Every Ohio family can now get a private school voucher

CLEVELAND HEIGHTS, Ohio — An Ohio program that already directs more than $100 million of public money to private schools will undergo a massive expansion this school year.

Recent legislative changes to the state’s EdChoice Expansion Scholarship Program mean every Ohio family, regardless of income or school district, is now eligible for financial aid to pay private school tuition.

Ohio families who earn up to 450% of the federal poverty level ($135,000 for a family of four) can receive the full amount of the scholarship offered for the 2023-2024 school year: $8,407 for high school students and $6,165 for K-8 students.

Families with incomes higher than 450% of the federal poverty level are still eligible for financial aid but are subject to a sliding scale based on their annual income.

Families with incomes above 751% of the federal poverty level can also still receive financial aid. For example, a family of four with an income of $225,000 is eligible to receive $650 for K-8 and $950 for high school during the 2023-2024 school year.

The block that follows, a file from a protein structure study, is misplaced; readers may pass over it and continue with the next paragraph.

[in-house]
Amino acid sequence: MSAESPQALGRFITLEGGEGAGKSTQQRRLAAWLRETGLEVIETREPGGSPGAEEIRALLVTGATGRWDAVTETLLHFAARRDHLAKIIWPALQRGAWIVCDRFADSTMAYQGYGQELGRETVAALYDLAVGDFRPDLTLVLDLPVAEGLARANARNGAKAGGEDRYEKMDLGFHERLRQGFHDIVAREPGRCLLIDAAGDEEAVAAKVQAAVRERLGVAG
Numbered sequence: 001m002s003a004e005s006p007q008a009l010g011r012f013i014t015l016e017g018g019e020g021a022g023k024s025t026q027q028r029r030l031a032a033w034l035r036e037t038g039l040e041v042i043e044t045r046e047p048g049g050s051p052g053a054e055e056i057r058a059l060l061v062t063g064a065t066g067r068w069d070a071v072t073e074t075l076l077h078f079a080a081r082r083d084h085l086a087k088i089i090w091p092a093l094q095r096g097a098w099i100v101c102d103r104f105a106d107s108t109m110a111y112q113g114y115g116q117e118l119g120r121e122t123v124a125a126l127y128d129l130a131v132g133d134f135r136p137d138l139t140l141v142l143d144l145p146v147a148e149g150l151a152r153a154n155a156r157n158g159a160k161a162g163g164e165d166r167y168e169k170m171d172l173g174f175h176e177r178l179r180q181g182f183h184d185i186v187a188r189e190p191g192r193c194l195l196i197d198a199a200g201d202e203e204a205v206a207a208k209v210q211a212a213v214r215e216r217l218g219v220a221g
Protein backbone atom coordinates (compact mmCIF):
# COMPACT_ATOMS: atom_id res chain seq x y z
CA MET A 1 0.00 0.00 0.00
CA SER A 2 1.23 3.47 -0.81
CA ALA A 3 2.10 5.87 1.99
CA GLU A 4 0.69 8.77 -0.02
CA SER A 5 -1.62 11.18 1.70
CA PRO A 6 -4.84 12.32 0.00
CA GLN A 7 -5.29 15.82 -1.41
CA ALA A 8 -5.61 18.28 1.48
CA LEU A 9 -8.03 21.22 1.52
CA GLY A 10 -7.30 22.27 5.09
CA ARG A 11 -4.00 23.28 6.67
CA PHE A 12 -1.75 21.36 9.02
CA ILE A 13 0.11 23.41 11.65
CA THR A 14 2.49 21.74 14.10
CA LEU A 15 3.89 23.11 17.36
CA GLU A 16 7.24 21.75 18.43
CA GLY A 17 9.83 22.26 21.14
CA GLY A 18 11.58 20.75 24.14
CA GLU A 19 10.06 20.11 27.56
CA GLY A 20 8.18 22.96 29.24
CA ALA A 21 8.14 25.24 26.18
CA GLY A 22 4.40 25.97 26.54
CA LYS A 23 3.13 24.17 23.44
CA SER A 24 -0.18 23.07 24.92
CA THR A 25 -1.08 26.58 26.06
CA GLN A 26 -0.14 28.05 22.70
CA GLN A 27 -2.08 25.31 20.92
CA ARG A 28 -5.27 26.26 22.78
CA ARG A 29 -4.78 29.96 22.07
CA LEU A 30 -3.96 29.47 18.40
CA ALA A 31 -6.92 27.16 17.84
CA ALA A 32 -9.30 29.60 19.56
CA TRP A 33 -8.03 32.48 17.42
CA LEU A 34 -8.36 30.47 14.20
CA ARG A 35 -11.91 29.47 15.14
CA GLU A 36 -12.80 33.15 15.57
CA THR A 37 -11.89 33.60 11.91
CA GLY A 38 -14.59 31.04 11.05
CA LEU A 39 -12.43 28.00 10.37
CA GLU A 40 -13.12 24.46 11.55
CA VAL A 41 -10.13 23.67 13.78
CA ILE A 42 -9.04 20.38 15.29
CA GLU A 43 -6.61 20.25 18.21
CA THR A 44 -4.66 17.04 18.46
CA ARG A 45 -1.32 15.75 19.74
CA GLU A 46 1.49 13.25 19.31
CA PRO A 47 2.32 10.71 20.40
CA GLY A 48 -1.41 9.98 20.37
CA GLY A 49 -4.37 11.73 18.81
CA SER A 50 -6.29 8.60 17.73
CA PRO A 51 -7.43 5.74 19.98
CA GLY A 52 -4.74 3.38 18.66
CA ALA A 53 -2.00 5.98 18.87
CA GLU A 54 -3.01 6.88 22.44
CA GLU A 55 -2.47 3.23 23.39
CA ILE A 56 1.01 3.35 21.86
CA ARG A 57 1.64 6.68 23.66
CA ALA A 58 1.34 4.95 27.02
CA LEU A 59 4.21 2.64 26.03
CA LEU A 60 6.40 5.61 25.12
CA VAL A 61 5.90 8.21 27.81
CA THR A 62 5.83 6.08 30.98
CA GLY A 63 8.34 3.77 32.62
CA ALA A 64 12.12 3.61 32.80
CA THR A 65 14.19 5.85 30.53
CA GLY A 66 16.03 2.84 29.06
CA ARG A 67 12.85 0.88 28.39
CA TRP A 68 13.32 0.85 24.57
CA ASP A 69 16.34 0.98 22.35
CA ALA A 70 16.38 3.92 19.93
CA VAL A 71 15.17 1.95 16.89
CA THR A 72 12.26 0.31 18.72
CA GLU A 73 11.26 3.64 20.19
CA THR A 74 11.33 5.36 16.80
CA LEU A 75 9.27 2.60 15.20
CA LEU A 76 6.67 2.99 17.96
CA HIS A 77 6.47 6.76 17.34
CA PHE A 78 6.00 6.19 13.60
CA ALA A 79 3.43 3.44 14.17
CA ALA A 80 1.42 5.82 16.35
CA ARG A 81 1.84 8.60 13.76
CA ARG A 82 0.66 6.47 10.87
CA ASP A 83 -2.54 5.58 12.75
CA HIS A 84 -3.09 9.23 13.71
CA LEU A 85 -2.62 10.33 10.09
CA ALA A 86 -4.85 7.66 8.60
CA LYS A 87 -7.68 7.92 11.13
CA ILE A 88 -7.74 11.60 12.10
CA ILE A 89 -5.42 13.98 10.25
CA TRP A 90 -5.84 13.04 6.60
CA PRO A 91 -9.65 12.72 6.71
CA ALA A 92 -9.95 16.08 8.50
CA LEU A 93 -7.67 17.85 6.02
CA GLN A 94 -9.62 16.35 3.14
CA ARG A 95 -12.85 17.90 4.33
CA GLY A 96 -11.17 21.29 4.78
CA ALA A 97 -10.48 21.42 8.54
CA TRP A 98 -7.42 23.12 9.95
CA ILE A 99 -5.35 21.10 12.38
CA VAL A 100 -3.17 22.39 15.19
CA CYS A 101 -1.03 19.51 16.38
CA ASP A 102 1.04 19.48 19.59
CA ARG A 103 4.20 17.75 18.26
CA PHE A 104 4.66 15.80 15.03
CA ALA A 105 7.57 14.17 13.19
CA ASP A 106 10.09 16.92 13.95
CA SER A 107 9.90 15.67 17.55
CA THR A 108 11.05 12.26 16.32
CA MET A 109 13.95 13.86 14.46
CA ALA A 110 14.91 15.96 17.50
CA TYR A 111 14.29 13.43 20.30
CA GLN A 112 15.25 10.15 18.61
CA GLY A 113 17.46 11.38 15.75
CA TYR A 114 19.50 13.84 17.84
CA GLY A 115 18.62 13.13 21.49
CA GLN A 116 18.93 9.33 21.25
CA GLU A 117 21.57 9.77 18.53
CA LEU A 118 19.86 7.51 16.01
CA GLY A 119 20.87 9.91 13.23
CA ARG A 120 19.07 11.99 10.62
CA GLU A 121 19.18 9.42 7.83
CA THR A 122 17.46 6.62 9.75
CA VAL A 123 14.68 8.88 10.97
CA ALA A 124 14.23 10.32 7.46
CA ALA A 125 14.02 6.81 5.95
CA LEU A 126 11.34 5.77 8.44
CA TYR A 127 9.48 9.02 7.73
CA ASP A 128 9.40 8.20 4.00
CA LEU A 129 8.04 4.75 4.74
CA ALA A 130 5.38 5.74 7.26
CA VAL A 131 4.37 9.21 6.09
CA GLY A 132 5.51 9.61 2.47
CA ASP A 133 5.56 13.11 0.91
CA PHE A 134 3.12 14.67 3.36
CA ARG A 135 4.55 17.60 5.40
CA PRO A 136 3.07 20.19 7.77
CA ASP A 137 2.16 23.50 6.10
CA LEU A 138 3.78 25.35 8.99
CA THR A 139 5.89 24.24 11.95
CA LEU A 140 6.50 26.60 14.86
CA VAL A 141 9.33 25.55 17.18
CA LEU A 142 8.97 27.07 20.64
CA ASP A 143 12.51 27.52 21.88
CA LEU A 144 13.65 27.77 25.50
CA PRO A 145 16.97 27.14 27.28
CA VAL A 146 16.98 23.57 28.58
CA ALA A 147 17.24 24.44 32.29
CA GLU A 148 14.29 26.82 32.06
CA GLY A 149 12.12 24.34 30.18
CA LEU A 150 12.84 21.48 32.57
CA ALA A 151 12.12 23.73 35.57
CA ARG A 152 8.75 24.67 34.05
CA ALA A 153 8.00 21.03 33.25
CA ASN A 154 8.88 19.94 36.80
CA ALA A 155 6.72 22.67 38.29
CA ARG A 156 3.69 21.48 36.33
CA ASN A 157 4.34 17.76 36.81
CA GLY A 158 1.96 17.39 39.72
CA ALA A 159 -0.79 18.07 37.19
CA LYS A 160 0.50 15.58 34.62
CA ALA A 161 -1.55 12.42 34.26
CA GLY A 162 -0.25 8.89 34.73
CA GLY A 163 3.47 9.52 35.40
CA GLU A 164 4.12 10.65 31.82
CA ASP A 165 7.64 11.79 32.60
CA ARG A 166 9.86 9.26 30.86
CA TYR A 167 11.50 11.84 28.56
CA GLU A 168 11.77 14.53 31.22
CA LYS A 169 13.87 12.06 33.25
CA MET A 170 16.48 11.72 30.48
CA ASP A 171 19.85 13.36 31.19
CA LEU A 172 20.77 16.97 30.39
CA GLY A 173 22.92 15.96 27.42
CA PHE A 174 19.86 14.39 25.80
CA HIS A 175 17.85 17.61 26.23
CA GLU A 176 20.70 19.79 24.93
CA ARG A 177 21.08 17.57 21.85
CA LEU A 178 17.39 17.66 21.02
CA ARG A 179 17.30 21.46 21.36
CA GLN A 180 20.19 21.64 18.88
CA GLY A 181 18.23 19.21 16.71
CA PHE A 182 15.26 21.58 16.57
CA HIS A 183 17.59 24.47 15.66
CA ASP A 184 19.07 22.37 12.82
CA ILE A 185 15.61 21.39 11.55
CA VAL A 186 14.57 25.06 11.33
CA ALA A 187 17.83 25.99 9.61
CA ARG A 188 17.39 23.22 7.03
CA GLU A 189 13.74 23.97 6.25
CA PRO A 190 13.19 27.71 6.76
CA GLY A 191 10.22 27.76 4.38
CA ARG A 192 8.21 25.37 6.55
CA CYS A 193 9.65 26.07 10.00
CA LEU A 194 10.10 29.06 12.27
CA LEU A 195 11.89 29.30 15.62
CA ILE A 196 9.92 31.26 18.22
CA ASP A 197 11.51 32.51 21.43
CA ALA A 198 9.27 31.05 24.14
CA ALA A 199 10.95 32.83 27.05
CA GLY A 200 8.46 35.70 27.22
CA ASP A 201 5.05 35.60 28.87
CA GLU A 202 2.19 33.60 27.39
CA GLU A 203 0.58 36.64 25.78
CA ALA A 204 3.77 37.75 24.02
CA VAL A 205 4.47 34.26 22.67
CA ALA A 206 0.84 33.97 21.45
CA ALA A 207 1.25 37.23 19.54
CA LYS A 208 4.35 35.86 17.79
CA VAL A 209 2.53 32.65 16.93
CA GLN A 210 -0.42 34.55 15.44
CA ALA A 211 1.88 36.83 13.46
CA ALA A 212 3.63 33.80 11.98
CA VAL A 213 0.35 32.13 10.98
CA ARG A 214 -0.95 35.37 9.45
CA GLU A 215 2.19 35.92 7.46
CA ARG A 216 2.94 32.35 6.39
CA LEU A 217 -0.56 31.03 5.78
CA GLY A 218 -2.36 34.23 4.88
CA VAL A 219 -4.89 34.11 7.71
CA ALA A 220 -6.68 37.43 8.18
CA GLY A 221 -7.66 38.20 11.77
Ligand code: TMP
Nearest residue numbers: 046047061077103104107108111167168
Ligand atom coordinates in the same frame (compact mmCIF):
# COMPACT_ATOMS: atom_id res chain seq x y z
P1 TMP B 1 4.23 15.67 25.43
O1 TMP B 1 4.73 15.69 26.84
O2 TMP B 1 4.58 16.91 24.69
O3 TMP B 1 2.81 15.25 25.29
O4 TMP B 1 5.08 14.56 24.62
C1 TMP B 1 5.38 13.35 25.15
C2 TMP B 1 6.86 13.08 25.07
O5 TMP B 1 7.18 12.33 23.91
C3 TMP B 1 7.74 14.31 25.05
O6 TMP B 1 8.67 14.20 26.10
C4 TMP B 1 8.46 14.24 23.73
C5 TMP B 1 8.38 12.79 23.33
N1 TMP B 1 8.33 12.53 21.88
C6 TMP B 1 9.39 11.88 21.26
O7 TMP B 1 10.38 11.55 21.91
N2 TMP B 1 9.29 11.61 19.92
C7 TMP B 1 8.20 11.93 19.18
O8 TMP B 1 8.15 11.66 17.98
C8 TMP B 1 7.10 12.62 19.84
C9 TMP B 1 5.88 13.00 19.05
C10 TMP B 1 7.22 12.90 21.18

The program’s expansion comes with a high price tag for Ohio taxpayers. Lawmakers budgeted approximately two billion dollars over the next two years to cover the costs of expanding the program.

Before the changes state lawmakers enacted this spring, only families whose incomes were at or below 250% of the federal poverty level ($75,000 for a family of four) were eligible for the vouchers.

Private school payouts

News 5 Investigators found Ohio already directs more than $100 million taxpayer dollars to private schools through EdChoice Expansion vouchers.

According to ODE’s data, during the 2021-22 school year, the total payments added up to $102,935,946.08.

Four schools each received more than $1 million during the 2021-22 school year, including three in Northeast Ohio:

  1. Mansfield Christian School (Mansfield) – $1,293,963.86
  2. Lake Center Christian School (Lake Township) – $1,100,290.48
  3. Sunrise Academy (Hilliard) – $1,076,680.00